John Baer: Ryan vs. Biden: Spirited duel not likely to change many minds

Facing the more experienced VP, U.S. Rep. Paul Ryan held his own on Thursday night.
Facing the more experienced VP, U.S. Rep. Paul Ryan held his own on Thursday night. (ASSOCIATED PRESS)
Posted: October 12, 2012

SO, OLD-SCHOOL, "big-effin'-deal" Joe Biden vs. young Paul "the Wonk of Wisconsin" Ryan turned out to be pretty much a draw.

Biden was fired up, aggressive and animated, but often annoying as he frequently laughed at Ryan, interrupted Ryan or talked over Ryan.

One thing was "malarkey," another was "a bunch of stuff."

And the laughing seemed patronizing.

Ryan was mostly precise and direct in delivery but danced on specifics, offered canned answers and kept drinking water, perhaps a sign of dry-mouth nerves.

At one point he said he understood that Biden was "under duress" to play catch-up on a campaign playing field that's recently changed - certainly a practiced line.

But for his part, the 69-year-old, gaffe-prone Biden got through Thursday night's debate without any obvious faux pas.

And the 42-year-old congressman (a Biden son, R. Hunter Biden, is the same age) held his own against a more experienced opponent.

Likely, the encounter will have all the staying power of the last VP debate at Centre College in Danville, Ky.

Anyone remember anything game-changing or even mildly noteworthy from Dick Cheney vs. Joe Lieberman 12 years ago?

Yeah, me neither.

Still, it would have been tough for Biden to be any worse than President Obama was a week ago; it would have been hard for Ryan to be any better than Mitt Romney was a week ago.

Biden and Ryan mostly managed to achieve individual political goals.

Biden's was to stanch any further ticket-bleeding; Ryan's was to finish on his feet.

There were moments.

An at-times-testy exchange over the recent murder of a U.S. ambassador in Libya had Ryan saying the administration should have provided more security.

This brought a slam from Biden that Ryan wants to cut funds to guard embassies.

Biden went hard at Romney's "47 percent" remarks (something Obama failed to do in the first debate) saying he's "had it up to here" with the notion that half the country is "unwilling to take responsibility for their own lives."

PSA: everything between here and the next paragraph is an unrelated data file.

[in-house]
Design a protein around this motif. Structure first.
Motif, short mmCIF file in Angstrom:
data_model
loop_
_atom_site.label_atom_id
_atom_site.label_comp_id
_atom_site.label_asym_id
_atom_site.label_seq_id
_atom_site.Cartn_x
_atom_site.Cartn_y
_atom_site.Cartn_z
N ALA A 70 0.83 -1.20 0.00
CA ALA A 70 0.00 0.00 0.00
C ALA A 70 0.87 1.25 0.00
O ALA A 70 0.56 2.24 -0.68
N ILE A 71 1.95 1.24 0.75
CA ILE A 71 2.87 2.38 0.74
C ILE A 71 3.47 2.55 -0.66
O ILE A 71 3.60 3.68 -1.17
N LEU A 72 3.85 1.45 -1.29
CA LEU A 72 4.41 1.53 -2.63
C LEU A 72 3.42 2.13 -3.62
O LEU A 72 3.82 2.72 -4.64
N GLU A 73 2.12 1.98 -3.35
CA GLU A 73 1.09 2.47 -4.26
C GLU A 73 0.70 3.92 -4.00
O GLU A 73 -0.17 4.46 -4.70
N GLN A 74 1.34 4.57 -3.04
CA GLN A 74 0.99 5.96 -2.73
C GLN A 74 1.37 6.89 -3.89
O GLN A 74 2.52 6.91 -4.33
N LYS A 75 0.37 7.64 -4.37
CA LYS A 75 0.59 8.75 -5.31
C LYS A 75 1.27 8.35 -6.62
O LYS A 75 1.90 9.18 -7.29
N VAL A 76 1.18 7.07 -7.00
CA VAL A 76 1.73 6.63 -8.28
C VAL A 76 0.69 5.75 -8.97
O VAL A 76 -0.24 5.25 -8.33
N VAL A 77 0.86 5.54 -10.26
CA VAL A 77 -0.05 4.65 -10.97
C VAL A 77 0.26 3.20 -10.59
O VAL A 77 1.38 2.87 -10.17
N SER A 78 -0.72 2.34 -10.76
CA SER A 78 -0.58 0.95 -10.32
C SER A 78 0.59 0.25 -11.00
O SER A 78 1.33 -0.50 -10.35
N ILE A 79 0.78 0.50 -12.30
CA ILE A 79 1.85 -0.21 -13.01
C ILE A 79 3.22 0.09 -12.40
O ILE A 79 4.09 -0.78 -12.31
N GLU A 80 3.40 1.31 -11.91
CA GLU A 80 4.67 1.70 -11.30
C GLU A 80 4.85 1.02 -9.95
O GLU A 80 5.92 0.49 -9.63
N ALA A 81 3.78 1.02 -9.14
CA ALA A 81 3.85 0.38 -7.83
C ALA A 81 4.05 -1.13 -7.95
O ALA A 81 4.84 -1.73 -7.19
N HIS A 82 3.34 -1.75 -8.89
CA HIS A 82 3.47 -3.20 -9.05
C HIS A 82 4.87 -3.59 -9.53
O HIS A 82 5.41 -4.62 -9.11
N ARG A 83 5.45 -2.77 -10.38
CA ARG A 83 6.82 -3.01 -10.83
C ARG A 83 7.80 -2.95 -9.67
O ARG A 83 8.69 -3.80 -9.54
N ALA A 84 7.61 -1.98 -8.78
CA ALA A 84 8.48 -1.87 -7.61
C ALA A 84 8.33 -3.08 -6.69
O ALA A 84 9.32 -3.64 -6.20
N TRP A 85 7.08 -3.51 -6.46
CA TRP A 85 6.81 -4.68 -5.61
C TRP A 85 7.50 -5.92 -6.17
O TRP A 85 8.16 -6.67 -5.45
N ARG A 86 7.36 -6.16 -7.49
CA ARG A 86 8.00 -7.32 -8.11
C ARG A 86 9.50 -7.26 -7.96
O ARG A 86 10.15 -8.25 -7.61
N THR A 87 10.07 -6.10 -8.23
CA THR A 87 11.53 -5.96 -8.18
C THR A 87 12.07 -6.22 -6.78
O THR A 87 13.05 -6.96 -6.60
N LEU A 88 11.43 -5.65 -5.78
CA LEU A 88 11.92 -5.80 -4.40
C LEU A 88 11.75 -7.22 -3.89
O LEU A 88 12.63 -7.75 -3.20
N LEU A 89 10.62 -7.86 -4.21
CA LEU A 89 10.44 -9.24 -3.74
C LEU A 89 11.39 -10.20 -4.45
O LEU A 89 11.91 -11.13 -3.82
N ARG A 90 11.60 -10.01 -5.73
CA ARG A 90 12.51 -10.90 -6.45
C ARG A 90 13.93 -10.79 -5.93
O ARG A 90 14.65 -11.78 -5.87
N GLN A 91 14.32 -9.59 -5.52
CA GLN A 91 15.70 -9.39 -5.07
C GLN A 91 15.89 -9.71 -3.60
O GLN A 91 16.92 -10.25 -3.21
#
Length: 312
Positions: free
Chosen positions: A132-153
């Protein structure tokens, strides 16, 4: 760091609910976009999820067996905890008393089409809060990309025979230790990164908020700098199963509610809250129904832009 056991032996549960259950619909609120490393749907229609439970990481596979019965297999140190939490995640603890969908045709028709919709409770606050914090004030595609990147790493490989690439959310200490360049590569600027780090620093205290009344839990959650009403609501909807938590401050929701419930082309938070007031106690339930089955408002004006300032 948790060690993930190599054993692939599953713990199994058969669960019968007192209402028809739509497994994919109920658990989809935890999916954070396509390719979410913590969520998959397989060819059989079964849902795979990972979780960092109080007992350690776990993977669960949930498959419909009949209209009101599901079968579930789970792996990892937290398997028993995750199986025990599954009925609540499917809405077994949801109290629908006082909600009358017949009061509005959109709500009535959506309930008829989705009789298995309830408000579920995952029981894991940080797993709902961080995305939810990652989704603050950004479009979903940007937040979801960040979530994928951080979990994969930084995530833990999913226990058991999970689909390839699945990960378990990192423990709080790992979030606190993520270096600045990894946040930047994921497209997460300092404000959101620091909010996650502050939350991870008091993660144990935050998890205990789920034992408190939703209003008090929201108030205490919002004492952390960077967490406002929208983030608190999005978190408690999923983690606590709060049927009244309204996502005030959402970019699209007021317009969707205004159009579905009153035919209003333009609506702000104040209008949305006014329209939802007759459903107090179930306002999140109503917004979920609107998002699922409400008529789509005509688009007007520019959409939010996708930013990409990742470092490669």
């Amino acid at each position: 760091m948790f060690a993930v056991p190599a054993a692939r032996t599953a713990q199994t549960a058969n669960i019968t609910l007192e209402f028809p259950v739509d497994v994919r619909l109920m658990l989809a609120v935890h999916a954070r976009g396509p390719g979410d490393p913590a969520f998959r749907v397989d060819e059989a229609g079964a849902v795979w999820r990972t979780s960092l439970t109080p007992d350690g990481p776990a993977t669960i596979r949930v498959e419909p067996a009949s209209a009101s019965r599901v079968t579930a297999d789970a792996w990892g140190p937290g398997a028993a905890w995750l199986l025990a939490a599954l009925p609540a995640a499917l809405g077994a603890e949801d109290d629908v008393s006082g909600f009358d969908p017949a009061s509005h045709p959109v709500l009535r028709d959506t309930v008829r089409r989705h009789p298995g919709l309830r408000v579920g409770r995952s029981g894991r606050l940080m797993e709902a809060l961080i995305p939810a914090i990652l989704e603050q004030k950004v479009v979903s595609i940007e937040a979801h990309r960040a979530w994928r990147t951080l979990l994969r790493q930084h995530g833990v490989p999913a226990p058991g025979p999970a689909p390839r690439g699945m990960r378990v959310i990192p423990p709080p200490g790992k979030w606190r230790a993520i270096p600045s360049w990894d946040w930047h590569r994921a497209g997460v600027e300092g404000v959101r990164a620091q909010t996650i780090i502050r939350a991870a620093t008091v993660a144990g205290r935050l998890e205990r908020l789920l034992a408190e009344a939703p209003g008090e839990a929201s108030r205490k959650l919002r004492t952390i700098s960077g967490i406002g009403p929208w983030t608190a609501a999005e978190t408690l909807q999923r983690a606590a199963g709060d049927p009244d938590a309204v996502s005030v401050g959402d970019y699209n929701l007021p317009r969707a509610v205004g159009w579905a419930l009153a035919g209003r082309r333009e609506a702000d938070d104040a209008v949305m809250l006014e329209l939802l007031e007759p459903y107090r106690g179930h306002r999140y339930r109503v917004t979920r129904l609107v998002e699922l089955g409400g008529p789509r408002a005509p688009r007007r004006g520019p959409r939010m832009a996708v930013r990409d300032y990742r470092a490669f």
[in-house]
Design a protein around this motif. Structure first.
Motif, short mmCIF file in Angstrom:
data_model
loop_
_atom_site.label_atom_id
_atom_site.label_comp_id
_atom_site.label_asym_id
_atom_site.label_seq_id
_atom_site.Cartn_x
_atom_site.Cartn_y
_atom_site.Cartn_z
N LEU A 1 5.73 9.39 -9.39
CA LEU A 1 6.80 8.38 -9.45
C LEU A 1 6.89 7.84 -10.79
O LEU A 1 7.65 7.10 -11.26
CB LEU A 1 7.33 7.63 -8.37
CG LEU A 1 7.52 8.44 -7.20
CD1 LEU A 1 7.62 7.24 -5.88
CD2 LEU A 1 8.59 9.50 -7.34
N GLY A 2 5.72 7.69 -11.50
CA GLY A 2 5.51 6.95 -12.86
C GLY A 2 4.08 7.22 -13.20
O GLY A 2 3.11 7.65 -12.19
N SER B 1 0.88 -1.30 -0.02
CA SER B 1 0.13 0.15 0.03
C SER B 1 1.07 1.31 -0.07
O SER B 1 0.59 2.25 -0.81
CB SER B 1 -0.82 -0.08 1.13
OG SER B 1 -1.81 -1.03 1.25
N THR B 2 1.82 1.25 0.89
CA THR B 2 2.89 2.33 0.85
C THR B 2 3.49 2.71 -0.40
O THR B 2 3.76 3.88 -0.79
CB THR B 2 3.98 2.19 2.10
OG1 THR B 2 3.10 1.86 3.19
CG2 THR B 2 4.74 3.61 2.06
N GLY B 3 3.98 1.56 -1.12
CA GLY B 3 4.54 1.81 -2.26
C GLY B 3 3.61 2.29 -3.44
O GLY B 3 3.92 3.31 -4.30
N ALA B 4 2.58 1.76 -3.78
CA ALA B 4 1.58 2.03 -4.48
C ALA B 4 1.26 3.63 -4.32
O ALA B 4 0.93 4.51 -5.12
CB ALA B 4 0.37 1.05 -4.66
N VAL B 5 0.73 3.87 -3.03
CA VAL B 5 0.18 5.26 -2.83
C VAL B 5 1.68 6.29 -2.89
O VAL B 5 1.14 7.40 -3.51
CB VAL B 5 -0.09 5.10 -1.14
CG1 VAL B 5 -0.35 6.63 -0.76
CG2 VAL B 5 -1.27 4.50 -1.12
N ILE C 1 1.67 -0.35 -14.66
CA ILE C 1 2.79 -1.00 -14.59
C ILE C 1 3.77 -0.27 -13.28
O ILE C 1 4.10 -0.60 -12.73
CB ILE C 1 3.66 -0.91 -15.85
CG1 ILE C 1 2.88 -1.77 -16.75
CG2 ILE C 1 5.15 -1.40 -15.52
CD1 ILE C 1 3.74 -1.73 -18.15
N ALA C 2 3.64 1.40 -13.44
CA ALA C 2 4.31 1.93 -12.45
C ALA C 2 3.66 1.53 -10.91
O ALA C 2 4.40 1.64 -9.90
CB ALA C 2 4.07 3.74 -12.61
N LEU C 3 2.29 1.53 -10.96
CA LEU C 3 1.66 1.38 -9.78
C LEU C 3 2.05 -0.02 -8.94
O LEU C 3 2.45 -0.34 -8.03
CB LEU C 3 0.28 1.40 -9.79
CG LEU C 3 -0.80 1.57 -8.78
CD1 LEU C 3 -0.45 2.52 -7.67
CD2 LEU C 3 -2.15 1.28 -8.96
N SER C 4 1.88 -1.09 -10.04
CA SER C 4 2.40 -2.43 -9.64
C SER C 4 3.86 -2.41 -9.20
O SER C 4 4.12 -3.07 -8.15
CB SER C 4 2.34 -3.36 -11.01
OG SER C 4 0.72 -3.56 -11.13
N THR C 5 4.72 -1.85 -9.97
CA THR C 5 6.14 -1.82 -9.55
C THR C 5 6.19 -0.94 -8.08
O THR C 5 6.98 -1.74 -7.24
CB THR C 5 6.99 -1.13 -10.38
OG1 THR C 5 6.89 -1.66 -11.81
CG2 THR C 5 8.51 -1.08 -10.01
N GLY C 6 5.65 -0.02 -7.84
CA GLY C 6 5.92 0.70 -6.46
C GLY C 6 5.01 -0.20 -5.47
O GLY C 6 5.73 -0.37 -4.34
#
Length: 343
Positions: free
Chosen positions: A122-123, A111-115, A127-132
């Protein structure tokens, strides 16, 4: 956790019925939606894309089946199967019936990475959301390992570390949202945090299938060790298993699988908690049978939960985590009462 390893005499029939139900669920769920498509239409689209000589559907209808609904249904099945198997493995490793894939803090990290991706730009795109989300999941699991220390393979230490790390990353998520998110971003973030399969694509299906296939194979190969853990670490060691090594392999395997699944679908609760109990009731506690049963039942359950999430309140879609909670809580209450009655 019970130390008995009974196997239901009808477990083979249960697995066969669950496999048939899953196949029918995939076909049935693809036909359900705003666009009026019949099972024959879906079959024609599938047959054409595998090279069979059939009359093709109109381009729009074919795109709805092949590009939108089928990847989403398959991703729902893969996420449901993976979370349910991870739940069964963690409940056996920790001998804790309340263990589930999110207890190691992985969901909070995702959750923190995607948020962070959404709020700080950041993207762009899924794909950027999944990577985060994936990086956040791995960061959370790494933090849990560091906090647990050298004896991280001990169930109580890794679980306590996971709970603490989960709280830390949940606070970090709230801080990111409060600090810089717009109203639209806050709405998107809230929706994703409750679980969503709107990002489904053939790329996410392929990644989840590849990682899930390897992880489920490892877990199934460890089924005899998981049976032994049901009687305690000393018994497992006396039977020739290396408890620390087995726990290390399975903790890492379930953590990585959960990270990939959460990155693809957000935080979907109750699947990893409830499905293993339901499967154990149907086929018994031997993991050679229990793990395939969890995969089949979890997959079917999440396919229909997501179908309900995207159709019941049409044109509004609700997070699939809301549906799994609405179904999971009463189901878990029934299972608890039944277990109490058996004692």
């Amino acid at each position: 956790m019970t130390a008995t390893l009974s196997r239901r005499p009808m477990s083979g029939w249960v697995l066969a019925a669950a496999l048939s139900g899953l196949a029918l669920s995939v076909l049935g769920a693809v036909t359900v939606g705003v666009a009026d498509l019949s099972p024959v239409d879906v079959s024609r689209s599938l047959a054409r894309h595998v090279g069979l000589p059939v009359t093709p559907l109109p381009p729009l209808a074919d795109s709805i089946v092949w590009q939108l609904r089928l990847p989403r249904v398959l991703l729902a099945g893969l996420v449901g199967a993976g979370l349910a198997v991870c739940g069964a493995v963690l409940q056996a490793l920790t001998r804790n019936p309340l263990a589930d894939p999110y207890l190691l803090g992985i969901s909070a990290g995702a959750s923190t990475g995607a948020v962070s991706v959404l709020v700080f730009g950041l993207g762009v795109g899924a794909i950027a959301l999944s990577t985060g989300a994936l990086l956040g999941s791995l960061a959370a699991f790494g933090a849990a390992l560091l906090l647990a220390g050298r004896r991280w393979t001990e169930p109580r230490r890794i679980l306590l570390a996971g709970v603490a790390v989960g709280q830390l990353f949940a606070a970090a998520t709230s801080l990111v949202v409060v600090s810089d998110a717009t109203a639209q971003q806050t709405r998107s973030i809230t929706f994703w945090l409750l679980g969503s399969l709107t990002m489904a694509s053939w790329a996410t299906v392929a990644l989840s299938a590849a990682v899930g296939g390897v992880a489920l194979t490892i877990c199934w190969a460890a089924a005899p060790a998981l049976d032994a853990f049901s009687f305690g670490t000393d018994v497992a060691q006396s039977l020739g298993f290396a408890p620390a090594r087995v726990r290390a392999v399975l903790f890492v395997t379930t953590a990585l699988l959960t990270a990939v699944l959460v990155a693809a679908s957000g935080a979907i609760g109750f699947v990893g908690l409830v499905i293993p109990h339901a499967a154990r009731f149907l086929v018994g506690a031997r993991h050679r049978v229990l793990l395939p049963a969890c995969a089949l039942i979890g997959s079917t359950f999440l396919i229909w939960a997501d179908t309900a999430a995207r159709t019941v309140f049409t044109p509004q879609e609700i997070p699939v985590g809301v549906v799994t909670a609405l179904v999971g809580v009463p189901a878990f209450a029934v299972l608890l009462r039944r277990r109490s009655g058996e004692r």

Ryan came back with a line that drew laughs: "I think the vice president very well knows that sometimes the words don't come out your mouth the right way."

They dueled on the economy, Medicare, Social Security, taxes and abortion but offered little that's new or different from ongoing claims and counterclaims common in both campaigns.

There was nothing from Ryan about Biden recently saying that the middle class got "buried" during the last four years.

But then there was nothing from Biden about Ryan claiming to have run a marathon in an hour less than he actually did.

Closing statements reflected each candidate's style.

Biden was chatty, sounded genuine, talked about how the administration "inherited a God-awful circumstance," and he brought up the "47 percent" again.

Ryan was robotic, sounded scripted, talked about Obama's "more spending, more borrowing, a government takeover of health care" not working.

But since both met minimal expectations, the electoral universe remains unchanged. The needle likely won't move much.

The debate did not end Biden's career, even though the central-Kentucky town in which it was held, Danville, was named last year by Money magazine as America's fourth- best place to retire.

It did not skyrocket Ryan. But it allowed him to escape unharmed - unlike Frank Sinatra's character in the 1965 WWII prisoner-escape flick "Von Ryan's Express," but much like the film's closing line: "If just one man escapes, it's a victory."

What it did was help set the stage for the second presidential debate Tuesday night at Hofstra University in Hempstead, N.Y. - after which this VP dustup will be all but forgotten.


Contact John Baer at baerj@phillynews.com. For his recent columns, go to philly.com/JohnBaer. Read his blog at philly.com/BaerGrowls.

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